Today we celebrate Gioachino Rossini, born in Pesaro, Italy in 1792. By normal math, the famed opera composer and eccentric would be 224 years old today. But with Rossini it’s not so simple. Because he was born on February 29, i.e. leap day, we need to employ some special math to calculate his birthday. So today, instead of 224, we say that Rossini is 54.
But Chris! That math doesn’t add up! 224 years divided by 4 years doesn’t equal 54.
You’re right! It’s 56. Read on.
Leap years are not as simple as you may think. According to Eva Bodkin-Kowacki at the Christian Science Monitor this is how it works.
Contrary to what you’ve been told, one year is not 365 days long; it is 365.242159 days long. And so in order to accommodate this approximately quarter extra day each year, the Gregorian (and Julian) calendar adds one day every four years, February 29. That’s not all though. This is where the special math comes in.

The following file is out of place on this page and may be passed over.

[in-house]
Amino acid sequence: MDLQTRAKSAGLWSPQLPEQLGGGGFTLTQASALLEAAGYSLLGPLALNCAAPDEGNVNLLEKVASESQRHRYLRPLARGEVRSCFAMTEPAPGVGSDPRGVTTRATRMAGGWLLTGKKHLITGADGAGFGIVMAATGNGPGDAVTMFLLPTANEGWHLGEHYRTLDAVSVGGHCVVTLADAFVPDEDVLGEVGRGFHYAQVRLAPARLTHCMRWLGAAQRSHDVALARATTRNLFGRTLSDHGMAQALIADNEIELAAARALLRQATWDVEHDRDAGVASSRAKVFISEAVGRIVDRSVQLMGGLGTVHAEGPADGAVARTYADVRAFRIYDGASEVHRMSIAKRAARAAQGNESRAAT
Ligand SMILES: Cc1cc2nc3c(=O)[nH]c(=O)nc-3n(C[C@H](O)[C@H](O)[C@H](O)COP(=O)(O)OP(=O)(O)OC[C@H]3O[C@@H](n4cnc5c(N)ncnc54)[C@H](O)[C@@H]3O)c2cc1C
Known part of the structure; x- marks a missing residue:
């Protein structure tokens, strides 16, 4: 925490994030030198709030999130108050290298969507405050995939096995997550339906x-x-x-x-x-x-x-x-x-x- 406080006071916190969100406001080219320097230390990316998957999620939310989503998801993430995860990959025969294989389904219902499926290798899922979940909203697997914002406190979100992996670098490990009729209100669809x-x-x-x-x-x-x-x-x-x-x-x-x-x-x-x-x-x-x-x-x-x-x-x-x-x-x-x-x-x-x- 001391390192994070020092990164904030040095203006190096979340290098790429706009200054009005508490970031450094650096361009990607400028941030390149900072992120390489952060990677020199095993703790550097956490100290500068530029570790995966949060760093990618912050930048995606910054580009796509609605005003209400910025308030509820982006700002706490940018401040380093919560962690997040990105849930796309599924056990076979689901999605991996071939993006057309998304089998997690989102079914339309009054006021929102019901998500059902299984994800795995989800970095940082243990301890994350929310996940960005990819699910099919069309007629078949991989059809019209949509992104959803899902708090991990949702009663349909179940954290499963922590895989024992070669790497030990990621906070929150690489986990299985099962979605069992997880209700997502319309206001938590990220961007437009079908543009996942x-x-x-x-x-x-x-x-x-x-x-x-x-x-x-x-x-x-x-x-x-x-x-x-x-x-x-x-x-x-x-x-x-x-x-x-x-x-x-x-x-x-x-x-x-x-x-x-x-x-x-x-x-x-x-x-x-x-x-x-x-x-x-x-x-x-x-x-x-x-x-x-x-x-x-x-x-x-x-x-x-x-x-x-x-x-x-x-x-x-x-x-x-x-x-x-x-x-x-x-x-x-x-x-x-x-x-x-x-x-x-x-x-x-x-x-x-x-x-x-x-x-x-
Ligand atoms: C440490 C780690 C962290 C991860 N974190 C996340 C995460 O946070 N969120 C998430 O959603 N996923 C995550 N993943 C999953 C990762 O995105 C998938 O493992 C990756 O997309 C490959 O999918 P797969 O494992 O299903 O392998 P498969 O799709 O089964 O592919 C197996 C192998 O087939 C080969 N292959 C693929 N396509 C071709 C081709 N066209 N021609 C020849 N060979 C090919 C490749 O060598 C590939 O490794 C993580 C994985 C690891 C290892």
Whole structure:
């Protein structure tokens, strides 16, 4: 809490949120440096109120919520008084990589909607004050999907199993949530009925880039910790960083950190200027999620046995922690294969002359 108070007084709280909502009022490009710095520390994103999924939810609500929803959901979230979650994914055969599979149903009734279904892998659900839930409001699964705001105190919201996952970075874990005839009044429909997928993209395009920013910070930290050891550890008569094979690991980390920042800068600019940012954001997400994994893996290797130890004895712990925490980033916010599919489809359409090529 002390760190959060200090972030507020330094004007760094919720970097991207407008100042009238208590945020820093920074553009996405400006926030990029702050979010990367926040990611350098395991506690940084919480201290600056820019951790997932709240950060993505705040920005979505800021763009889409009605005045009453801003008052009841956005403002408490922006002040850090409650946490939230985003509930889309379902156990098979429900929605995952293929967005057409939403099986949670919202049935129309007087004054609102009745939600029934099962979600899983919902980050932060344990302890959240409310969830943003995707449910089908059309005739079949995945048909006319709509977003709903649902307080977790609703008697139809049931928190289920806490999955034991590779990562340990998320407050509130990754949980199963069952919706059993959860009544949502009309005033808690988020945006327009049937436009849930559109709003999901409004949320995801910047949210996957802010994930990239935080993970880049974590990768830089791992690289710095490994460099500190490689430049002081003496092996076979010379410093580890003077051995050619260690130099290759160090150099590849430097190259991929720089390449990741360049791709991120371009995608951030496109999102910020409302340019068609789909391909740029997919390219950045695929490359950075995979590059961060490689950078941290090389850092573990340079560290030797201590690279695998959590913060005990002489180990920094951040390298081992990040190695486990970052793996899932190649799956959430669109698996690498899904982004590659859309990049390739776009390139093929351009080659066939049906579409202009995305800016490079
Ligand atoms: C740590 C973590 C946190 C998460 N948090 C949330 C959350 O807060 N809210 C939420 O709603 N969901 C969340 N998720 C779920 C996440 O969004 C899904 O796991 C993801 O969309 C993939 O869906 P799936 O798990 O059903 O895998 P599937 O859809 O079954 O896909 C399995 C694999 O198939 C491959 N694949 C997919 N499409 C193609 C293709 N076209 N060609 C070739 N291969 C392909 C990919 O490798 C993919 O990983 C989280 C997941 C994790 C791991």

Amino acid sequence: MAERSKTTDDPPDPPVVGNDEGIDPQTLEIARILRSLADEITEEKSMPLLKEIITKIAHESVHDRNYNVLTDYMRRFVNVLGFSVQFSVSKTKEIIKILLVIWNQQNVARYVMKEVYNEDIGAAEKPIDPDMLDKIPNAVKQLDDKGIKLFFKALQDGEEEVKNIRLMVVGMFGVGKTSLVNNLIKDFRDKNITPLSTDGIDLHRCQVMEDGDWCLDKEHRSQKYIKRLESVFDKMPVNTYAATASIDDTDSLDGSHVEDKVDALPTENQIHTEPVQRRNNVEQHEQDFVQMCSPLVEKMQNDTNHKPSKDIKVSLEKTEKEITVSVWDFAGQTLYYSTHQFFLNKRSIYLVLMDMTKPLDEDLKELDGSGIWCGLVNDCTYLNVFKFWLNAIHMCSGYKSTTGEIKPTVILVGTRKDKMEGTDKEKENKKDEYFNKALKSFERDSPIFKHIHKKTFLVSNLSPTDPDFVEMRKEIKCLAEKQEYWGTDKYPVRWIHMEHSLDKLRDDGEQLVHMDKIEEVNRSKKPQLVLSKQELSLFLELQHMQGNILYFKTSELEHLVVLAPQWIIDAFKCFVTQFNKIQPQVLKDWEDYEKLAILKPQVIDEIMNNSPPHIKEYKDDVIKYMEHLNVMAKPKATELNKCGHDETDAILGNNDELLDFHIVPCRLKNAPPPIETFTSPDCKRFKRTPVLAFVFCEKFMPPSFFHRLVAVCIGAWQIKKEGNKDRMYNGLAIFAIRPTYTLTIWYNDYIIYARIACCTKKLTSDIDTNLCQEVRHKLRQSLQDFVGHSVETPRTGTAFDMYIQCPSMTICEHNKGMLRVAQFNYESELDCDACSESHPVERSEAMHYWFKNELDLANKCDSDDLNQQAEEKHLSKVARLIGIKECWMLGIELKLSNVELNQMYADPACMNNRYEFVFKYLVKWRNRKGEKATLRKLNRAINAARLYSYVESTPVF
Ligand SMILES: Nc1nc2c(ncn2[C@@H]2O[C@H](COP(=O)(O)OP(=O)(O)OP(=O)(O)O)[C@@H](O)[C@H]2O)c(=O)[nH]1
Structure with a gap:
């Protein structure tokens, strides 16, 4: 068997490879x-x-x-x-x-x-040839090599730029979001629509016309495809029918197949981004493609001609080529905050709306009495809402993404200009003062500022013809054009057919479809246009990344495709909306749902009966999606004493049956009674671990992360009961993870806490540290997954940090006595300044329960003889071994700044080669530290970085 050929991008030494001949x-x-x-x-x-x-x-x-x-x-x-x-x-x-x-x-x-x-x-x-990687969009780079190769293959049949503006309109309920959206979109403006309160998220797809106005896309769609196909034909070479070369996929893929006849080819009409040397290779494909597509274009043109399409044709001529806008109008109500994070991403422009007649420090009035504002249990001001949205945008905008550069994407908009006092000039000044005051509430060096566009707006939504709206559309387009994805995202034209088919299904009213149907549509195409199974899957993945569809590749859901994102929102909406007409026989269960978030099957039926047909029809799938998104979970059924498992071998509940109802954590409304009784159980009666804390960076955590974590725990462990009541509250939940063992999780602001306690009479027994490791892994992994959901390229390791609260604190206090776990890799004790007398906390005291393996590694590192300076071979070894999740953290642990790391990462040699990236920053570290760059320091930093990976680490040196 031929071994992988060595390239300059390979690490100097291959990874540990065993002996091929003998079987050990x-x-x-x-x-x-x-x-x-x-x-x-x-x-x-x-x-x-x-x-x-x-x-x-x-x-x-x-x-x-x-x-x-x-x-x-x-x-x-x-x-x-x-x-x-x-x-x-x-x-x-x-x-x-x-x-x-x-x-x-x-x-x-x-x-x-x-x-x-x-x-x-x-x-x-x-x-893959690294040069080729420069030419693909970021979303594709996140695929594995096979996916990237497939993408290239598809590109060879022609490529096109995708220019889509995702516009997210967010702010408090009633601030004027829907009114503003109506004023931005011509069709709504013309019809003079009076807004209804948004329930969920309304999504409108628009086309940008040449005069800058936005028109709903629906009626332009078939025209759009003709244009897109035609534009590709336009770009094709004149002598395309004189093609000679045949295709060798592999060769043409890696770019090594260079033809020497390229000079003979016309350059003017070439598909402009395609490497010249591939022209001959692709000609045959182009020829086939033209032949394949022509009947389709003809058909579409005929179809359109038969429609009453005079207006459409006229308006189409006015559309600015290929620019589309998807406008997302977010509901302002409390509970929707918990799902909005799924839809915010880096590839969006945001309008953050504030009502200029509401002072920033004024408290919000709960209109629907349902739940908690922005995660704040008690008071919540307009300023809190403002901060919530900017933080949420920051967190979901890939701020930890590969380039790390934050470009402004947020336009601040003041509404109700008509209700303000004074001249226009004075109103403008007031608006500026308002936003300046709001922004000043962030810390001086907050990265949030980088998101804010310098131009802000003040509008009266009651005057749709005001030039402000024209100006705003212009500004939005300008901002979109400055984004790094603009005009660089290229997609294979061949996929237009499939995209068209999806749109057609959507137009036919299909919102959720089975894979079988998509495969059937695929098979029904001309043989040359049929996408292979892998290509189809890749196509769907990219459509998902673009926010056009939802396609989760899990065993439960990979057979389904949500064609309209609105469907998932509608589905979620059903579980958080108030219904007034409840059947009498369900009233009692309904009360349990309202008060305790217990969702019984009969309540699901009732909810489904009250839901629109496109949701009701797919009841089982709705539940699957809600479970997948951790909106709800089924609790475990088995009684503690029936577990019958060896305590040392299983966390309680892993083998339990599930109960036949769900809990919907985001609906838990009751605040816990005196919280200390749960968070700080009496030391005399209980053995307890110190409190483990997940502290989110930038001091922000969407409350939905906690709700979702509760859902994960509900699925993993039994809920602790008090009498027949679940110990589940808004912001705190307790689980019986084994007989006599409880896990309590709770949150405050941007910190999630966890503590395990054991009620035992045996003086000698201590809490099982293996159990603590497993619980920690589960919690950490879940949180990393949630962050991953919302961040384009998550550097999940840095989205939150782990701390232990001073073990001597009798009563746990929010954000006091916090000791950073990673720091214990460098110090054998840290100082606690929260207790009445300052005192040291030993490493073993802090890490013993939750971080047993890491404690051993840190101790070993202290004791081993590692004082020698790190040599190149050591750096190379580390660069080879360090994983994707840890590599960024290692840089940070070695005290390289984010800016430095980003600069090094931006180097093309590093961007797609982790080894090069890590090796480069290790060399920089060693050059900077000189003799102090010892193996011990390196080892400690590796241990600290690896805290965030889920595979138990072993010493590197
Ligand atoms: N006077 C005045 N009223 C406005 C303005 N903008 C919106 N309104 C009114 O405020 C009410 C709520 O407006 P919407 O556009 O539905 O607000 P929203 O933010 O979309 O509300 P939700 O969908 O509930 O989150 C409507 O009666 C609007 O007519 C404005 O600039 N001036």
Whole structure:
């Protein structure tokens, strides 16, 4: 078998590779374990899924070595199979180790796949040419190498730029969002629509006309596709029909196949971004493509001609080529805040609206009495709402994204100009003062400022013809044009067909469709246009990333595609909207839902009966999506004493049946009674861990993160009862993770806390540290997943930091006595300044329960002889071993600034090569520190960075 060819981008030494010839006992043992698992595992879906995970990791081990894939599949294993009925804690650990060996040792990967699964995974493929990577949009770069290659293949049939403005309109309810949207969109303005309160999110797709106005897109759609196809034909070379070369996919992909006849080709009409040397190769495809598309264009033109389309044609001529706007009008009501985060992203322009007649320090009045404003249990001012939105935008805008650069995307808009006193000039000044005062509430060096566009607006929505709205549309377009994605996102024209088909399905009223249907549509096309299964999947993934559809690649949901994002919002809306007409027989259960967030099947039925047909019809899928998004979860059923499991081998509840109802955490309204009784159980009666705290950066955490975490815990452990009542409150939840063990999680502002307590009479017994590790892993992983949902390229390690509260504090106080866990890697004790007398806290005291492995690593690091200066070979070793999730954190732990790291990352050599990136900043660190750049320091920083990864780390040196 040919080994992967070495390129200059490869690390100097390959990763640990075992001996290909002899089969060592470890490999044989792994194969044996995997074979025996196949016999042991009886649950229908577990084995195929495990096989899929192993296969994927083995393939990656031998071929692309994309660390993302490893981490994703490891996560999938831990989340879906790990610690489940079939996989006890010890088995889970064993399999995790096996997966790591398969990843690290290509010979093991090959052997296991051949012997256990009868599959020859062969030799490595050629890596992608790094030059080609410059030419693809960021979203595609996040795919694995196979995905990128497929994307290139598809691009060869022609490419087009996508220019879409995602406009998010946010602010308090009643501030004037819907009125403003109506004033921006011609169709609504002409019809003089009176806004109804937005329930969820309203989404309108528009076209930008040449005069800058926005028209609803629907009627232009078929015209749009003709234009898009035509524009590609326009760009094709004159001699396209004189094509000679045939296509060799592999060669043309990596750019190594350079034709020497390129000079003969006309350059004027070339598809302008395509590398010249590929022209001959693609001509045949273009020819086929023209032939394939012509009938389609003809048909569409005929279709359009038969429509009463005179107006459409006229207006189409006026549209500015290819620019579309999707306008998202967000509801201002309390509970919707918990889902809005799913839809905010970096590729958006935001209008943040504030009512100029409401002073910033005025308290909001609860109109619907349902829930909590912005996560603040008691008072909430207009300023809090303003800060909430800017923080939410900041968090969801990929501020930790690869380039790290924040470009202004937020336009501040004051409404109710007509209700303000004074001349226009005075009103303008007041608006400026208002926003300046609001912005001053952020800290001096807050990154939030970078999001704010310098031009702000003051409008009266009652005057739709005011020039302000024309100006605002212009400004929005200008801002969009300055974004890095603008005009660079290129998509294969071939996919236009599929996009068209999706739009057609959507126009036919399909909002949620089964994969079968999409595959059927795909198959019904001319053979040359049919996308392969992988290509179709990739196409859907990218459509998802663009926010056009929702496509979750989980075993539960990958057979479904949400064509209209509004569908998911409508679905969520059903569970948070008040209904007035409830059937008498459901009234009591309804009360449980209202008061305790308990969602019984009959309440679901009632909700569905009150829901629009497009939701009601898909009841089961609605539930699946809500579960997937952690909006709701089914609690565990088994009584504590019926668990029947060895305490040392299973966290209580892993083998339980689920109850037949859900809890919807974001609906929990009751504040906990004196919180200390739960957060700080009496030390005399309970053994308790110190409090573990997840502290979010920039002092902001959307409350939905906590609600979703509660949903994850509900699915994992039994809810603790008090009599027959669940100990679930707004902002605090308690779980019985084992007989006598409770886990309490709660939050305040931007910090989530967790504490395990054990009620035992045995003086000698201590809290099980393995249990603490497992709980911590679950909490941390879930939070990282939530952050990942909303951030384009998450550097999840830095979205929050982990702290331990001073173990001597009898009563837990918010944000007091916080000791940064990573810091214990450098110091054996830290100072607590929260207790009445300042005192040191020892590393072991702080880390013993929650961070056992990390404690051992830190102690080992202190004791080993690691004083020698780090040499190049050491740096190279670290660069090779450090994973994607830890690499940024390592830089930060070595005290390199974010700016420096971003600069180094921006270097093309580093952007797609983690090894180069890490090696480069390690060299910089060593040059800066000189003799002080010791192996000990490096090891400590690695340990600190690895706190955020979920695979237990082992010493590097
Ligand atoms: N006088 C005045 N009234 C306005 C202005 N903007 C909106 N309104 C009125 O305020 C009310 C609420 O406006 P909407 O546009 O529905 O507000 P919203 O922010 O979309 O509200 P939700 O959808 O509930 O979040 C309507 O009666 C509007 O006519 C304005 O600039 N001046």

Because one year is a little less than quarter day longer each year, every centennial year we skip leap day all together and have a normal year:
1792 = 366 days
1796 = 366 days
1800 = 365 days
1804 = 366 days
Since Rossini’s birthday in 1792, there have been three centennials: 1800, 1900, and 2000.
But Chris! 224 years divided by 4 years and then minus 3 centennial years still doesn’t equal 54.
Correct again! Read on.
The centennial thing isn’t a perfect fix for the 365.242159 day year either. It’s close, but not perfect. One more accommodation needs to be made: every centennial year that is divisible by 400 does not skip the leap day, and February 29 is added back in:
1800 = 365 days
1900 = 365 days
2000 = 366 days
2100 = 365 days
Since 2000 is divisible by 400, it is counted toward the total number of Rossini birthdays: 54.
LONG STORY SHORT
2016 minus 1792 = 224 years
224 divided by 4 = 56
224 minus 3 for the centennial years 1800, 1900, and 2000 = 53
Add one year back for 2000, a centennial year divisible by 400 = 54
And voila! Rossini is 54 years young today. Now, if your brain is steaming as much as mine was, then enjoy this to cool it off:
"Una voce poco fa" from Rossini's Barber of Seville with Kathleen Battle